Why do you think that you have to “permanently forsake” one Tool, in order to take a gig that involves using a different Tool?
Also, frankly, don’t attach the meaning or actual importance to those “tests,” that the companies who make and sell them might encourage you to do. That makes about as much sense (to me) as giving a General Contractor a test on, say, Wrenches. (Measuring, o’course, their ability to drive a nail with one.)
The skills of a good programmer come only with Experience, and they are language-independent. (If you don’t believe me, search YouTube for “toy piano,” and listen to/watch the first three entries or so.) If you know what to do, you can do it with absolutely nothing ... for example, with PHP. ;-) ;-) ;-)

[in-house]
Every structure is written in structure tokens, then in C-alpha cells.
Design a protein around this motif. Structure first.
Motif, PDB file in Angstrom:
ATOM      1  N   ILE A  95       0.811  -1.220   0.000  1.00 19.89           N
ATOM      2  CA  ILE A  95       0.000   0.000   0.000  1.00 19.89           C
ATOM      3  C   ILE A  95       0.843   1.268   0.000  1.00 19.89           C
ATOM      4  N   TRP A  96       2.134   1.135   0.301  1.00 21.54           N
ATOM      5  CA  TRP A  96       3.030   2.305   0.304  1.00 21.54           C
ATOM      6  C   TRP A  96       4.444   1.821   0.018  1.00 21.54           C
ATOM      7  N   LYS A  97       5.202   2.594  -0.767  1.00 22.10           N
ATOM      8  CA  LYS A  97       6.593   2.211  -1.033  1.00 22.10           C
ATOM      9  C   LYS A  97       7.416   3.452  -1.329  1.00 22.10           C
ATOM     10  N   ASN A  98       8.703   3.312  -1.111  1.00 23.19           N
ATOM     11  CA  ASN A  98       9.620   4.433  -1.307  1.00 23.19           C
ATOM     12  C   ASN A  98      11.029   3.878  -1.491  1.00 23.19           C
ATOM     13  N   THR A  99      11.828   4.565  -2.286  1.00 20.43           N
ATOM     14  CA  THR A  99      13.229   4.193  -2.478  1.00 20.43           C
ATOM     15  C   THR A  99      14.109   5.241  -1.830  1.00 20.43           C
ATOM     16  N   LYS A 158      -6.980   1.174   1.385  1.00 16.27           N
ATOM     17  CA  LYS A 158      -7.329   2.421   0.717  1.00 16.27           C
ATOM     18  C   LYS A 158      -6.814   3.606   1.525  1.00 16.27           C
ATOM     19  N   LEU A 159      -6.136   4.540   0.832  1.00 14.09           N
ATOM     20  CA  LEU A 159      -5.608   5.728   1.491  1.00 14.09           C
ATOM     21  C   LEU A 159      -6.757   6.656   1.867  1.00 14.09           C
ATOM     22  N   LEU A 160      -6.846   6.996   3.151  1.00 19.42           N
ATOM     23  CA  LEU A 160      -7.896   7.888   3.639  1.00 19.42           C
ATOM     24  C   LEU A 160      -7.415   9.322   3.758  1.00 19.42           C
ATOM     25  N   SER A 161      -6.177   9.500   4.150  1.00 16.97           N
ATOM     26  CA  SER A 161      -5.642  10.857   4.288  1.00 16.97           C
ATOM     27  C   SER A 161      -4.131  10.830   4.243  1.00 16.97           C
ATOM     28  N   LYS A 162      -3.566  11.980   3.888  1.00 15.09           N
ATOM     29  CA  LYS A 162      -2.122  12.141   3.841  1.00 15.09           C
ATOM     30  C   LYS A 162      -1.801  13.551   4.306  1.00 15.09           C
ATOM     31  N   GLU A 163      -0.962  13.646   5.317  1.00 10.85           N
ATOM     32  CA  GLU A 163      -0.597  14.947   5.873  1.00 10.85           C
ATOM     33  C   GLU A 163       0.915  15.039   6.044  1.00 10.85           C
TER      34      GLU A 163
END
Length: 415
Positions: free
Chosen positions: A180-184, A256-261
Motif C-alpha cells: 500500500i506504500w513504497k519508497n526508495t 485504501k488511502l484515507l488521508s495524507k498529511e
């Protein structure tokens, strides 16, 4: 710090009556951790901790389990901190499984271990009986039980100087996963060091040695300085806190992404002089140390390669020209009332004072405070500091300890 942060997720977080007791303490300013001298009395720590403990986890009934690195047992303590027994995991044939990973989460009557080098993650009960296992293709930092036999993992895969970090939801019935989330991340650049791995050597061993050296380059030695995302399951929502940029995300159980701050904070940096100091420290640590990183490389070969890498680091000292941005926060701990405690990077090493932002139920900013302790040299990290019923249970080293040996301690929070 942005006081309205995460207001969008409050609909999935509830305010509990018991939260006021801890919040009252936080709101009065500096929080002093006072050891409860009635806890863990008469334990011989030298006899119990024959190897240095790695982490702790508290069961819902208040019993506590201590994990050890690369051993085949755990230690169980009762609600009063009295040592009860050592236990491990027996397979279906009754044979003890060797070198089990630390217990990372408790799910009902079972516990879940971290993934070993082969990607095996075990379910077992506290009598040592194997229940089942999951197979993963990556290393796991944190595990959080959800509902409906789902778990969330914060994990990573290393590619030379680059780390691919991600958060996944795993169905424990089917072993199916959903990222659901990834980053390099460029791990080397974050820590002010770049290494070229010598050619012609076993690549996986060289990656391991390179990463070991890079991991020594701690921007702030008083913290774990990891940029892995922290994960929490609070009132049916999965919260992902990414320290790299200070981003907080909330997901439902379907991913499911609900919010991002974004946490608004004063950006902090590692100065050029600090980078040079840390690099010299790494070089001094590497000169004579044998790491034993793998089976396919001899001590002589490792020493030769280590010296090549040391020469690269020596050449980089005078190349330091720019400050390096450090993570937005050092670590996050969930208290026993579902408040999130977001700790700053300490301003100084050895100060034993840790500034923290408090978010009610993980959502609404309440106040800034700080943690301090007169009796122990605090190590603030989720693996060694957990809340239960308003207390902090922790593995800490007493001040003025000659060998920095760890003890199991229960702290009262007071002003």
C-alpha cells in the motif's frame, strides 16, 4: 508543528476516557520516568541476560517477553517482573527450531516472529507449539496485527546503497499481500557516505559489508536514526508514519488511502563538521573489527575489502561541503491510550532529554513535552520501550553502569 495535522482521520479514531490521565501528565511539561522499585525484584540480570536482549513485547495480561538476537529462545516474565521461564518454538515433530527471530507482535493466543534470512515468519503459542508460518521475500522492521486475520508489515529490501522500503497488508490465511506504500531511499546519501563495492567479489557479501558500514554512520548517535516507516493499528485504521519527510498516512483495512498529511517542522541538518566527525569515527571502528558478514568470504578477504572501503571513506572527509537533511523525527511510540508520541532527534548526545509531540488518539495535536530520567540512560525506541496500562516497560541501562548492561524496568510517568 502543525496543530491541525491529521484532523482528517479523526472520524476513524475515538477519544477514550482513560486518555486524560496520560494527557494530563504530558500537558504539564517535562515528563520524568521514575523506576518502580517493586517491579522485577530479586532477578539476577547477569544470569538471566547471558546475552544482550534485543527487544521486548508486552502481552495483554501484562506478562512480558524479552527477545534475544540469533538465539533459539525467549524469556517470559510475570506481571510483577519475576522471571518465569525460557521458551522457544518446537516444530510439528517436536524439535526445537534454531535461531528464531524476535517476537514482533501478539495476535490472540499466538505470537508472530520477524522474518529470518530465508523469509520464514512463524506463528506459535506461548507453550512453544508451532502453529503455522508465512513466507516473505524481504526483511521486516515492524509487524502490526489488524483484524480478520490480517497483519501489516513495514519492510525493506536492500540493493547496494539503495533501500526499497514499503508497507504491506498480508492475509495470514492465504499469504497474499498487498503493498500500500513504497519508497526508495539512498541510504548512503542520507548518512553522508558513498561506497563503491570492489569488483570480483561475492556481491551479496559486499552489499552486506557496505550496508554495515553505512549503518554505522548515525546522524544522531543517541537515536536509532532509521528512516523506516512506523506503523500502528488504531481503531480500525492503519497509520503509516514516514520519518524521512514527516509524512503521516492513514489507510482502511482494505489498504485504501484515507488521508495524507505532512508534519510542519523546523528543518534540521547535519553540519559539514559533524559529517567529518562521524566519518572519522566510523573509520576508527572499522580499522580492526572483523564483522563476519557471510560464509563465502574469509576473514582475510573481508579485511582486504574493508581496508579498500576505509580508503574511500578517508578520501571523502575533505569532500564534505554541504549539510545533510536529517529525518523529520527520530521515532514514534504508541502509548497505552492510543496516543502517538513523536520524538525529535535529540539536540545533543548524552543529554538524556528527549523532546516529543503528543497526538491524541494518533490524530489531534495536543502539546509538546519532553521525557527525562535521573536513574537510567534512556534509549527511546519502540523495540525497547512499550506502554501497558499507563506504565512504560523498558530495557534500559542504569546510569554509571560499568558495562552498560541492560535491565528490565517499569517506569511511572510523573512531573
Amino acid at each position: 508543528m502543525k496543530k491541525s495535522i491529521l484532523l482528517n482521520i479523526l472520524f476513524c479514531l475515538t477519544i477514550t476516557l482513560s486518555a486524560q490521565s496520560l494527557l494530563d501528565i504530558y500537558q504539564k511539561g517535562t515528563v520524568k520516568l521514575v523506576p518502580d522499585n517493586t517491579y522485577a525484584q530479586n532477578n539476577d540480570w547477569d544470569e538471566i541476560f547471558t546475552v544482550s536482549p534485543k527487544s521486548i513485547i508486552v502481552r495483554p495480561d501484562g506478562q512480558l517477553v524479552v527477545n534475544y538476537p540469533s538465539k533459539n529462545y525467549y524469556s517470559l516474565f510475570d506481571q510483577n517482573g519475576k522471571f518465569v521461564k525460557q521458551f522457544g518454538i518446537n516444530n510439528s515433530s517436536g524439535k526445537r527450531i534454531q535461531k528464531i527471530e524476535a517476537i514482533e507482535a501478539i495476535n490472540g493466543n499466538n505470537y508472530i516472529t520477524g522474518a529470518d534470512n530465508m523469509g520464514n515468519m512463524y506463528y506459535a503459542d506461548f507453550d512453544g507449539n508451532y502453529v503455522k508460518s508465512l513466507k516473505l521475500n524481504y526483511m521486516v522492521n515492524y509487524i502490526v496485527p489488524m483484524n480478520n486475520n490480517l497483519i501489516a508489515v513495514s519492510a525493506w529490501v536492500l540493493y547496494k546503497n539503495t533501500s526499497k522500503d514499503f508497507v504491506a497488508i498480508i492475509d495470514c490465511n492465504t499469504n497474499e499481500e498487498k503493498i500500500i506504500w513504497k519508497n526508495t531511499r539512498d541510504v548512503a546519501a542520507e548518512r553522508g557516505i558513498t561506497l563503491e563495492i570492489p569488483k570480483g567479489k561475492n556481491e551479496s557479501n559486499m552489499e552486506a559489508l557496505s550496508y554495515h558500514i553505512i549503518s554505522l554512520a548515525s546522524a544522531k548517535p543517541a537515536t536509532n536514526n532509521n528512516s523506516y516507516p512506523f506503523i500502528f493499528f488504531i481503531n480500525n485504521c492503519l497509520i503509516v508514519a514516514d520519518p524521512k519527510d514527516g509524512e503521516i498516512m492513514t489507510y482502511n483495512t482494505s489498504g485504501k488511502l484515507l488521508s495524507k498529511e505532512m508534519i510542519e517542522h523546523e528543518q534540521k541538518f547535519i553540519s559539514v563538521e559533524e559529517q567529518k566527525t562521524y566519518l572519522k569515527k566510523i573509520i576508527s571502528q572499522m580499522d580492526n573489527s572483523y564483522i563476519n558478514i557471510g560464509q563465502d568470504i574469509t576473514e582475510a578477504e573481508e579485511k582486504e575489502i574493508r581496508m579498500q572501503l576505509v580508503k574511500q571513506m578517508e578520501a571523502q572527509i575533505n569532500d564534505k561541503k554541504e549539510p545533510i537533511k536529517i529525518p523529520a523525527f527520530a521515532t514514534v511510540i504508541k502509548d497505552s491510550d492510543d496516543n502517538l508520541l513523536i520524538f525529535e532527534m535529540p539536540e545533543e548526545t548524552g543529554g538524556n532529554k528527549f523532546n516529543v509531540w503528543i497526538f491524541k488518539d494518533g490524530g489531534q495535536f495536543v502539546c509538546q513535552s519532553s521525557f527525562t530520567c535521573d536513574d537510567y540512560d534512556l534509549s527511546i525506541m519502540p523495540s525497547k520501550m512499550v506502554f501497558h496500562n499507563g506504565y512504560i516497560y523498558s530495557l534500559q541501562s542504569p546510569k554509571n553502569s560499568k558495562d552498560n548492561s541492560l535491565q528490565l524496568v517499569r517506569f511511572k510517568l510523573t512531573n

In the preliminary discussions leading up to most of the engagements I have won, there is usually an uncomfortable pause when the client says ... “well, we have some Perl code and some Python (DJango ...), and some PHP ... a little Java on the back-end.” And I simply smile and say that this is to be expected, and that I/we have recently done production work in all of them and can provide code samples. That is often what seals the deal ... yet I do consider it to be “perfectly normal,” i-f you have experience. The “one-trick ponies” are the ones who, at their present state in their careers, have working-knowledge only of one; often, PHP. They know the front-end but are lost in the back. (Not maligning any of them, mind you, nor the PHP language save in-jest. It does take time.)